Mention “sous vide” and most people will think of food that has been cooked at a very low temperature. Sous vide cooking involves sealing ingredients in a vacuum pack bag and cooking in a water bath, a combination oven, or indeed any other cooker that can set and hold a target temperature. Essentially, sous vide cooking is about preparing dishes at an optimal cooking temperature; the temperature being sufficiently high enough to eradicate thermo-tolerant pathogens, whilst still being low enough to maximize flavour. Once cooked, the product is usually served immediately, or it can be seared and / or served or stored in a refrigerator (preferably below 3 degrees Celsius). This makes sous vide a flexible option for the busy caterer, as it enables high quality dishes to be prepared and stored in advance of busy service times.
Sous vide cooking has caught the imagination of chefs from all over the world because it is considered one of the best forms of cooking for enhancing the flavour and texture of food. When food is cooked at low temperatures there is minimal moisture loss. Foods, especially meats, become tender and more succulent when prepared at lower temperatures. This style of cooking also has a reputation for enhancing the visual appearance of food as well as its texture.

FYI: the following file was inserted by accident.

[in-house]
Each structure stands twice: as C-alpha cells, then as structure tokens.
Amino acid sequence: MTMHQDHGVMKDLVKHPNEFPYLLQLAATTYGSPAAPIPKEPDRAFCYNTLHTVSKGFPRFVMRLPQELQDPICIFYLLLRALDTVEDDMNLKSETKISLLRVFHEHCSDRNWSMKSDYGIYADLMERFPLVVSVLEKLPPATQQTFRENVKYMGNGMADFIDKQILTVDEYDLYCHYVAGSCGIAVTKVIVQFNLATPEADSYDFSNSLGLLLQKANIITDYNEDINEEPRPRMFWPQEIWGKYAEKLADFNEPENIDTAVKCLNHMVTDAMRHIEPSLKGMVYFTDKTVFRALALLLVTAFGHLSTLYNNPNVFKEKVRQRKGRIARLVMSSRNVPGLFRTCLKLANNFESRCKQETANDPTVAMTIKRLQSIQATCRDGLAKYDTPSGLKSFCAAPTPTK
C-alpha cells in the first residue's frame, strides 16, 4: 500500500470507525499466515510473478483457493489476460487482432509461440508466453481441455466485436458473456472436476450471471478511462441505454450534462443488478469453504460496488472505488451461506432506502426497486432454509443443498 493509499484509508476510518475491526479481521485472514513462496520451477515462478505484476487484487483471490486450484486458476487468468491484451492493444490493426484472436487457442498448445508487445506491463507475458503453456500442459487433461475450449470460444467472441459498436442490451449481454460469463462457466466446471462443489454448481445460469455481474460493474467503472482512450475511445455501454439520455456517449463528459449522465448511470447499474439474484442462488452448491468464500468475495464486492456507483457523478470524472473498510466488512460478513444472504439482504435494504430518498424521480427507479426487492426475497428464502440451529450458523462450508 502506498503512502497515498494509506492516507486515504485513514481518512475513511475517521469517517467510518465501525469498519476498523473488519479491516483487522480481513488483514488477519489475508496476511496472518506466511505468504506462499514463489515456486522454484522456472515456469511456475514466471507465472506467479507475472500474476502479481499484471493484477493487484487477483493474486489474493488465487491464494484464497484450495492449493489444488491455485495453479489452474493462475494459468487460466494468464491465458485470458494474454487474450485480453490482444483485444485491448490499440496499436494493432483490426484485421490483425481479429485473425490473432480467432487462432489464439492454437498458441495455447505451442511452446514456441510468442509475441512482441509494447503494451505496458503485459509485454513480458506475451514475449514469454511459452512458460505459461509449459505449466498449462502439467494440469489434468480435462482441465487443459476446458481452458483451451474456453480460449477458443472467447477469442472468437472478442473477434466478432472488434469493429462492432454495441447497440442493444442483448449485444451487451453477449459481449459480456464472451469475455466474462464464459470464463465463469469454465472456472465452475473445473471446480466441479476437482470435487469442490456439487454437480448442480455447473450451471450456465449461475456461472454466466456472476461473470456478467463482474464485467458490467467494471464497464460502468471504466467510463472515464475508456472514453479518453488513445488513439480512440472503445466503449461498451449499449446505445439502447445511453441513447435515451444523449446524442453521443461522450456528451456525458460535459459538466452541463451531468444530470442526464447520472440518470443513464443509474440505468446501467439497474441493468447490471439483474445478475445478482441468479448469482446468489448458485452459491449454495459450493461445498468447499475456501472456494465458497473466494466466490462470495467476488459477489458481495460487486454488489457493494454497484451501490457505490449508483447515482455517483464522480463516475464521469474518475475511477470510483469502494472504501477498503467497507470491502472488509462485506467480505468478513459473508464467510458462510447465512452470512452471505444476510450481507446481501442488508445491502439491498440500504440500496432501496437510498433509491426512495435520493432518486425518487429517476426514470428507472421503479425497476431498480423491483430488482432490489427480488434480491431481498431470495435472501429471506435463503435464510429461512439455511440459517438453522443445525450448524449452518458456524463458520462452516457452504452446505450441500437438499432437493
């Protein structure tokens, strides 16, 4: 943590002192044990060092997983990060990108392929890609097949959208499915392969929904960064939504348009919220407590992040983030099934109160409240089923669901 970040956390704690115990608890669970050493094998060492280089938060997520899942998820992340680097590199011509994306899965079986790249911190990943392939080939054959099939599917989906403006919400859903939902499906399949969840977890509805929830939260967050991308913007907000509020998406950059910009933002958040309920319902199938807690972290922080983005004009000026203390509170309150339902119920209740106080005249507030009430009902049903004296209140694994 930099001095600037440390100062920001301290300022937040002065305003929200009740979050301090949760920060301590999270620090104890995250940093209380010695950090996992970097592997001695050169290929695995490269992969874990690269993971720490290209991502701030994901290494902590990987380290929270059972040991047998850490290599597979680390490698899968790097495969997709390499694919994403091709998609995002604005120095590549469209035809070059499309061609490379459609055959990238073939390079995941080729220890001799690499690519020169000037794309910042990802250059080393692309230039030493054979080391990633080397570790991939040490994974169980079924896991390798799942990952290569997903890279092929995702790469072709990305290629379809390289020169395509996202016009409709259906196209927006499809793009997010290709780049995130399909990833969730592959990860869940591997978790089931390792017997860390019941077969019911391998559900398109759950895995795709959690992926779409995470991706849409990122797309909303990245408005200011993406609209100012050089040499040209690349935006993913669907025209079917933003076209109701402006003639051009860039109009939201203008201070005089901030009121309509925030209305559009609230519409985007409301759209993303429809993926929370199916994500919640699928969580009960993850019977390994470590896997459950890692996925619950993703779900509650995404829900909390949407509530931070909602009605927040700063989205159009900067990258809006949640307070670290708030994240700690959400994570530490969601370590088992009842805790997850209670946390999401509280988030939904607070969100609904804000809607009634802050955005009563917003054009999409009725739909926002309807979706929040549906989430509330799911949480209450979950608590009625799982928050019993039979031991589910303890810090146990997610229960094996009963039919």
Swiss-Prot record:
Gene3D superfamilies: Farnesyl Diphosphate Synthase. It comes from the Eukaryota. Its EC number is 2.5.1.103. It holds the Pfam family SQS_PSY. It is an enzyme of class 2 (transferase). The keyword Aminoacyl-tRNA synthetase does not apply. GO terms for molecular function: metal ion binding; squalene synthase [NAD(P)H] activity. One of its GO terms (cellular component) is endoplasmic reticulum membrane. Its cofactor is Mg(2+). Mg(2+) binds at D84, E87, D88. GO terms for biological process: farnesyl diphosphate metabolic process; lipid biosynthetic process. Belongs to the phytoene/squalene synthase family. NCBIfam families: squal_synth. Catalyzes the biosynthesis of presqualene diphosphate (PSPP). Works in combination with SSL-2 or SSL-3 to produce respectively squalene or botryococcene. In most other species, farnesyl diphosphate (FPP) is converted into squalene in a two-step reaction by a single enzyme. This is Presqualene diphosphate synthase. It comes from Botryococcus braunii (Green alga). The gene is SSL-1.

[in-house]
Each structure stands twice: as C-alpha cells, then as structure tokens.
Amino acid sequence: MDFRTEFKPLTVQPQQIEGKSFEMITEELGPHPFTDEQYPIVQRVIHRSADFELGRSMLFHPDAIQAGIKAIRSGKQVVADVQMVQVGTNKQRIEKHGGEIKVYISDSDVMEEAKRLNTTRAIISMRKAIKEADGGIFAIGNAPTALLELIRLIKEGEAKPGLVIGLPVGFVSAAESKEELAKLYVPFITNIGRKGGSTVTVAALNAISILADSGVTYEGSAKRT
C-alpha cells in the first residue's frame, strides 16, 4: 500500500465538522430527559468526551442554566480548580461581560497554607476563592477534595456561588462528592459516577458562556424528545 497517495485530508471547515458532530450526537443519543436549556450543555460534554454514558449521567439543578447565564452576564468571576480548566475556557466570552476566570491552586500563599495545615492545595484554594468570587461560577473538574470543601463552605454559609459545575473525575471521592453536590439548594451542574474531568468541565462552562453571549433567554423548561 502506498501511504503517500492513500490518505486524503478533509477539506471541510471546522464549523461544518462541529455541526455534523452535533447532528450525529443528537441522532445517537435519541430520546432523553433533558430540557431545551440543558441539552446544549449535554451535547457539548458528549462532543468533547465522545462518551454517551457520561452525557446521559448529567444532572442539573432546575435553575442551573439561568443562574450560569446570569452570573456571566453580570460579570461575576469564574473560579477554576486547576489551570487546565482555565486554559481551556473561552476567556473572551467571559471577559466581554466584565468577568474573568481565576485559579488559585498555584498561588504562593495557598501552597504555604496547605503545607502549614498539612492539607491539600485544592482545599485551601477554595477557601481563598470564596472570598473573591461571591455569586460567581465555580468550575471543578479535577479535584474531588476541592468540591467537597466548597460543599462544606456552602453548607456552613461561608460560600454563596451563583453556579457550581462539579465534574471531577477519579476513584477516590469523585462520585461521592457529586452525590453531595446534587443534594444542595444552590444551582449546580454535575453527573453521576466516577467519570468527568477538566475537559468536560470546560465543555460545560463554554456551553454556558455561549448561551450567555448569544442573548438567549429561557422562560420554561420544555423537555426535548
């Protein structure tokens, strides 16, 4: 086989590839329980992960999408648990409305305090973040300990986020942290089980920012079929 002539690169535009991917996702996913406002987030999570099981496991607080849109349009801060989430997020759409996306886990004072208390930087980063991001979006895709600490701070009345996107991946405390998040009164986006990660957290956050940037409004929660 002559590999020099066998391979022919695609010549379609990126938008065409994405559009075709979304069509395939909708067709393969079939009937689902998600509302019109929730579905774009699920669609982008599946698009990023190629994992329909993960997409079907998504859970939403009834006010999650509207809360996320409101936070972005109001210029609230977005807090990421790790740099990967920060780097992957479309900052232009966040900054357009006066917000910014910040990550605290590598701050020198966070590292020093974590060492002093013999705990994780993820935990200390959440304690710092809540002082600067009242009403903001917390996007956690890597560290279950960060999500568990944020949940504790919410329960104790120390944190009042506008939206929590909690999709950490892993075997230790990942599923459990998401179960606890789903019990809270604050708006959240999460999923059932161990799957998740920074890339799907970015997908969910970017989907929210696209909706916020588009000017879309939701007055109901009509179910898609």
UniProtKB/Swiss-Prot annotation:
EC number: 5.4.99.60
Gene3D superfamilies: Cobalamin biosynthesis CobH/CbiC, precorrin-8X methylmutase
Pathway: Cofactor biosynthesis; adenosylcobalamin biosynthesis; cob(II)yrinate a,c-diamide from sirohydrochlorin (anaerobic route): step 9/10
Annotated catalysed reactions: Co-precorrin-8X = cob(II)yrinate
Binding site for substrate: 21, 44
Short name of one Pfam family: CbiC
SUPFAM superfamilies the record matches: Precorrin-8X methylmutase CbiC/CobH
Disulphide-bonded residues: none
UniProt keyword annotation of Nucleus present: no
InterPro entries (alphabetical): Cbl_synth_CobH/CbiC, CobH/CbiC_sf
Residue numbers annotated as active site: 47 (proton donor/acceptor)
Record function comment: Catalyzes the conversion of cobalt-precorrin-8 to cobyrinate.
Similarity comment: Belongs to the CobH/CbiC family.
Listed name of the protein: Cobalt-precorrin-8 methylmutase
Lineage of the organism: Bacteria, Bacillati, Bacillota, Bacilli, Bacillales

However, food cooked at low temperatures has the potential to cause food poisoning because there is a risk that pathogens may be able to survive the cooking process; therefore only those chefs who fully understand the risks associated with sous vide, and have received the appropriate food safety training, should engage in it.
Chefs must ensure they take all necessary steps to mitigate the risk of food poisoning, and that includes only using the freshest of ingredients from a reputable and traceable source. They must also be totally familiar with the equipment, temperatures and times to be used in the cooking process, and to have received the correct and sufficient training.
Personal and environmental hygiene is also extremely important in sous vide cooking; food handlers must make sure that they personally are scrupulously clean, as well as the kitchen in which it the food is to be prepared.
To summarise: Sous vide cooking should only be carried out by professionally trained chefs who fully understand this particular cooking technique and the potential food poisoning hazards associated with it.
If you would like to have your staff professionally trained in sous vide cooking and the food safety training necessary, please contact us today.